BEST OF SHOW - SPECIALTY
STRAIGHT FROM THE WORM'S MOUTH
by John Rabuse
What if parasites could communicate with us? That is the premise behind the National Agri-Marketing Association's (NAMA) Best of Show - Specialty winner from Pfizer Animal Health, New York, N.Y., and Brown + Associates, Chanhassen, Minn.
How could Pfizer move people out of established, comfortable behaviors and into newer, more expensive treatments? The answer: create a piece of marketing that's interruptive, engaging and relevant.
In this case, it led to an approach that involved giving internal parasites the human ability to communicate with horse owners using handwritten notes, a telegram and a classified newspaper advertisement. The humor is intended to get the audience's attention and then make a statement about the product's efficacy. The campaign's wit also disarms what is a very emotionally charged topic. The emotional bond that most horse owners feel for their horse easily matches that of any dog or cat owner. Only after connecting with them in this way could the logic behind selecting Strongid C 2X come into play.
Selling an innovative pharmaceutical product to the horse industry is difficult because the industry is skittish about giving any new medication to horses. Throw in the facts that the product is to be fed daily and that consumers worry about its long-term safety, and there lies a challenge. Sue Brown, president and owner of Brown + Associates, was charged with finding the emotional touch points for the campaign that reassure about both safety and performance. Brown brought a lifetime of personal horse experience - including her own national championship titles in reining and western pleasure - and more than 15 years of equine marketing experience to the challenge.
Another intricacy was selecting the appropriate publications and deciding how to differentiate the ads in an extremely crowded marketplace. Many horse owners have become desensitized to advertisements because of the sheer volume and similarity. Yet this truth creates a lot of opportunity to generate advertising that surprises people. The "Notes From The Worms" campaign broke through all of the clutter with a fresh approach.
Who was the audience? In the horse industry there are trainers, high-level competitors, breeders, backyard horse owners and veterinarians. How do you tell these people, who all have different relationships with their horses, that they can and should be doing more to care for these animals without insulting them? You use an outlandish device that avoids trampling on any sensitivities. For example, a telegram written by a worm asking his parents for money because he lost his lodging inside a horse is nothing if not outlandish.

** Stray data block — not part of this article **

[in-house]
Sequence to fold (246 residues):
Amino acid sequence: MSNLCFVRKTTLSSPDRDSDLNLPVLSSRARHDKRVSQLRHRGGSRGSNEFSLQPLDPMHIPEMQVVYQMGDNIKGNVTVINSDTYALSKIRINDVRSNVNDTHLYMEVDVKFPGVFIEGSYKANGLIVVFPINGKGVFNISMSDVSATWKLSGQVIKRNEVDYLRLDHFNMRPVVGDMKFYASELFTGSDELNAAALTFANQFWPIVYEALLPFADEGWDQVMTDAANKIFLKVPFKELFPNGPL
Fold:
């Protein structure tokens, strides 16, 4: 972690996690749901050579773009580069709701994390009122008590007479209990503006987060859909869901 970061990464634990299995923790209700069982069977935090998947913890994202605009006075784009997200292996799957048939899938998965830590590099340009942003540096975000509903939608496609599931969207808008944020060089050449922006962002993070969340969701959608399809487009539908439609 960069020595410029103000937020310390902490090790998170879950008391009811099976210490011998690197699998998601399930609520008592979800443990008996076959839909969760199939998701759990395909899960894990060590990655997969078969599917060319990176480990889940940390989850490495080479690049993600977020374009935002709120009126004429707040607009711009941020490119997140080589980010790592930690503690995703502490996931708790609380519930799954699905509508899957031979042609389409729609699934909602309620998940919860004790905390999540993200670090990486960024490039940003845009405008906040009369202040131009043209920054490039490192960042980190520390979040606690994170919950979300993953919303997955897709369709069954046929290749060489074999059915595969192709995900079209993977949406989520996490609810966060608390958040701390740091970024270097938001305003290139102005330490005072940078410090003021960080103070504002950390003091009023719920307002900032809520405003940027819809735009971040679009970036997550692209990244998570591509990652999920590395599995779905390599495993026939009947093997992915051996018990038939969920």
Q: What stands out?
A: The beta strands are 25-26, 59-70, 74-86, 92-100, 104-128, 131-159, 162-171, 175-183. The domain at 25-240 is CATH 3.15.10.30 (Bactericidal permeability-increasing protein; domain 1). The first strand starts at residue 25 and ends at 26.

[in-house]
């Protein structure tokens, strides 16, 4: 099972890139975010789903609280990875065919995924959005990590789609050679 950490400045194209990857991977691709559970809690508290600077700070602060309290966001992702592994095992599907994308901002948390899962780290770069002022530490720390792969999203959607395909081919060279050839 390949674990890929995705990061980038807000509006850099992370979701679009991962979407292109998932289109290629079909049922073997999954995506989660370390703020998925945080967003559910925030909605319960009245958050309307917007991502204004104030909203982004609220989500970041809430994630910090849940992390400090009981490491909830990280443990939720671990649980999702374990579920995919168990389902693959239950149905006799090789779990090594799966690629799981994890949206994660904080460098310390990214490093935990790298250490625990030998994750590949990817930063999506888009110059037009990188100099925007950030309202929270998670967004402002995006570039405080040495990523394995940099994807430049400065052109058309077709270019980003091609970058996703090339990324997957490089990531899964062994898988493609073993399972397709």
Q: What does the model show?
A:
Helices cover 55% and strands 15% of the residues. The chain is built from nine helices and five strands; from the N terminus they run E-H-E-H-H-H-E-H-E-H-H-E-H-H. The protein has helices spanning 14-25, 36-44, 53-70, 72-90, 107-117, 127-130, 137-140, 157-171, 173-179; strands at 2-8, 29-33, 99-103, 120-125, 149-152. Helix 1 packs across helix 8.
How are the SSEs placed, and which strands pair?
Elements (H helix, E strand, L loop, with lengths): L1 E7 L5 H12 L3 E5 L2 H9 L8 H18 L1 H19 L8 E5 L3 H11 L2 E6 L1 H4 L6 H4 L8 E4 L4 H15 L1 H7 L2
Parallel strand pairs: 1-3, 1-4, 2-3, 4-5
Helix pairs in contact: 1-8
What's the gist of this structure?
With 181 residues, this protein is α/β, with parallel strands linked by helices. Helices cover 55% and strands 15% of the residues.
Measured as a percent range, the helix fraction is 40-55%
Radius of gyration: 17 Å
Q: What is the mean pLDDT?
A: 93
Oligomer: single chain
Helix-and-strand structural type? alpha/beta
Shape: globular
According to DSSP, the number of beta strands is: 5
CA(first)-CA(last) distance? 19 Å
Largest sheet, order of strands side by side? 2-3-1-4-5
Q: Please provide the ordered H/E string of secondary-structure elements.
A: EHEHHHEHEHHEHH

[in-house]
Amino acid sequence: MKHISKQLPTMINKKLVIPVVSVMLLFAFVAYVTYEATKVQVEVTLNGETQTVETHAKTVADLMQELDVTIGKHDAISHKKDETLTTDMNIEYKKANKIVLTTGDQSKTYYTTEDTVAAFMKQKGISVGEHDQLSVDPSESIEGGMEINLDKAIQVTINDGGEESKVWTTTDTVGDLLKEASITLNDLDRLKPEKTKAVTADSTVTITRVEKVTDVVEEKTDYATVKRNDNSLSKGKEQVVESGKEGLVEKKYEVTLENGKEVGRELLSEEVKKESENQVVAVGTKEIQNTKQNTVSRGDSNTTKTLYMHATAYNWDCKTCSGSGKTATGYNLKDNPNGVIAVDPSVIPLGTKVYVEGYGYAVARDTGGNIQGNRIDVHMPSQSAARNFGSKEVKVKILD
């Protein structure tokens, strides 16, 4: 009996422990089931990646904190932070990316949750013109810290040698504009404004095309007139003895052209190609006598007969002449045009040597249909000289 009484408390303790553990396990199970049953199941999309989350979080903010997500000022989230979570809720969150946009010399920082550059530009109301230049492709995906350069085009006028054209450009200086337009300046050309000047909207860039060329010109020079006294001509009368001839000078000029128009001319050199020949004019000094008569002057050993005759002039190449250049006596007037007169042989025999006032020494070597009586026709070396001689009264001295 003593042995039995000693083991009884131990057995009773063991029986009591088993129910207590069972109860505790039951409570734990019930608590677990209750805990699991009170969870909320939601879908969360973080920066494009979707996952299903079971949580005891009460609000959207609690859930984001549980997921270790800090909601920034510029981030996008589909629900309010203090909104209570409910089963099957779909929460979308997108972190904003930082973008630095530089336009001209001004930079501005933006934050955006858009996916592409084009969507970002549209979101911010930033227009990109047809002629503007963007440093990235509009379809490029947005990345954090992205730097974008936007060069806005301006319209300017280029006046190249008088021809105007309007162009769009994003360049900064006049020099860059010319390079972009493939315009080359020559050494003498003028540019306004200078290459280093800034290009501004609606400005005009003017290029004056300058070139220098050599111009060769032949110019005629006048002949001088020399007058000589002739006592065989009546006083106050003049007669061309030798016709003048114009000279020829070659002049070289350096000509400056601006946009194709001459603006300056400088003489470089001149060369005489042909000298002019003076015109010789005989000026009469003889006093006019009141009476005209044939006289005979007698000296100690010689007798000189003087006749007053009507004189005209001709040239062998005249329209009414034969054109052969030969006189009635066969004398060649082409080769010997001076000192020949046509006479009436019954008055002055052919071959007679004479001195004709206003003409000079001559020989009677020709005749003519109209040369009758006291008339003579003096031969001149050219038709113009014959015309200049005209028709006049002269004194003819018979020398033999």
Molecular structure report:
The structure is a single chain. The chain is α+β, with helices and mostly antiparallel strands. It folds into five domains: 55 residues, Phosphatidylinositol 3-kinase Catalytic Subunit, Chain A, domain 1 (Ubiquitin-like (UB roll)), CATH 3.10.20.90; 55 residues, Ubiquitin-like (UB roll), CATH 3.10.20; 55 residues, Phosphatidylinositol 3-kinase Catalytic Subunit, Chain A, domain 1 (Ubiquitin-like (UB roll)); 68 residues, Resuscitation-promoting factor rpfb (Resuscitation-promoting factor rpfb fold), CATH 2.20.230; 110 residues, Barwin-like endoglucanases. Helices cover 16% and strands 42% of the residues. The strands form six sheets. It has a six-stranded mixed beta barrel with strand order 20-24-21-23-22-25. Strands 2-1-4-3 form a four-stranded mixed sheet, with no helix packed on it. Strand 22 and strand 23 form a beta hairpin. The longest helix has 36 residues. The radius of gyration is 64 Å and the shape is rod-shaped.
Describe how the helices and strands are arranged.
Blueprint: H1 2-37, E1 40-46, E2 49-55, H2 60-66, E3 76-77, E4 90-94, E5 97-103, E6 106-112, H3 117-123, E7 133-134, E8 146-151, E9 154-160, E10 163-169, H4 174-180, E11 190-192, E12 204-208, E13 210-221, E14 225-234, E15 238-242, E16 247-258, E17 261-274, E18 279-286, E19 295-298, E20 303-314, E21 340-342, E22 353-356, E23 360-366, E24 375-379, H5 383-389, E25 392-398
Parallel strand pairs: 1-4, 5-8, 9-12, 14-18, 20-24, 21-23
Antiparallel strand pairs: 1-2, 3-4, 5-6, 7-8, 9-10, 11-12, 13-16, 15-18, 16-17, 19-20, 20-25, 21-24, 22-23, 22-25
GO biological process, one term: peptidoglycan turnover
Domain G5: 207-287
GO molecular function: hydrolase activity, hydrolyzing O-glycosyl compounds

Great strategy and marvelous creative is nothing if it never gets off the shelf to see daylight. "I look at other campaigns as a guide of what not to do. That's not a criticism, but rather a requirement for differentiation. If an ad doesn't talk and connect with a consumer, then it is simply eye candy," says Dan Kramer, senior market manager, Equine Products Division for Pfizer Animal Health. "Sue and I are always striving to leverage creativity into valuable positioning opportunities.
"When I first saw the concept, I admit that I was not convinced," Kramer confesses. "It was different from anything we had done before, but it was relatively simple. Sue stuck to her guns and persuaded me to test this concept among our other finalists. The feedback was overwhelming, and the campaign has proven to be very successful. I am regularly stopped by consumers who say how much they love the message!"
From hand-drawn squiggles on a page to a work of art is quite a leap. It takes a team with real vision, and a little insanity, to make magic. Dawn Yemma and John Rabuse, freelance associates for Brown + Associates, took the worm concept and brought it to life. Crafting the images and putting the copy together can be quite a journey of exploration, but when it all comes together, as it did here, it is worth the effort.
"As an art director, my main challenge was, how do I create visual interest in a series of images of paper objects - whether it's a note, a telegram or a newspaper clipping? My solution was to place them in a relevant, interesting environment and create special effects that enhance the idea and create scale, like a giant pushpin holding up the tiny note from a worm. That's what gave the idea life and character," Yemma says.
Rabuse's job was a little different. "At first, I felt a little weird about putting words in a worm's mouth. But then I thought, I don't even know where that is," he quips.
One of the strategic strengths of an approach like this is that it tends to outsmart rather than outspend the competition. The series of four ads has generated a lot of free buzz because they're different than anything else out there. They jump out at readers and create a lasting impression. This is important because, unlike some of its competitors, Pfizer does not have the depth of media dollars to spend. This kind of "break the clutter" messaging is worth a lot to any product, but is especially valuable when the product campaign must operate on a tighter budget.
The campaign, launched in April 2004, can be seen running today in horse enthusiast publications such as Equus and Horse Illustrated, as well as breed and discipline publications like American Quarter Horse Journal and NRHA Reiner.
"Once you've had talking worms in your ads, where do you go next? Just wait and see," Kramer challenges. "I have no doubt that it will be memorable and effective!"
What's next for Strongid C 2X? It's too early to tell. Suffice it to say, no parasite is safe. AM
John Rabuse is a freelance associate for Brown + Associates, a virtual agency specializing in the strategic planning and execution of brand development, advertising, sales promotion and direct marketing programs.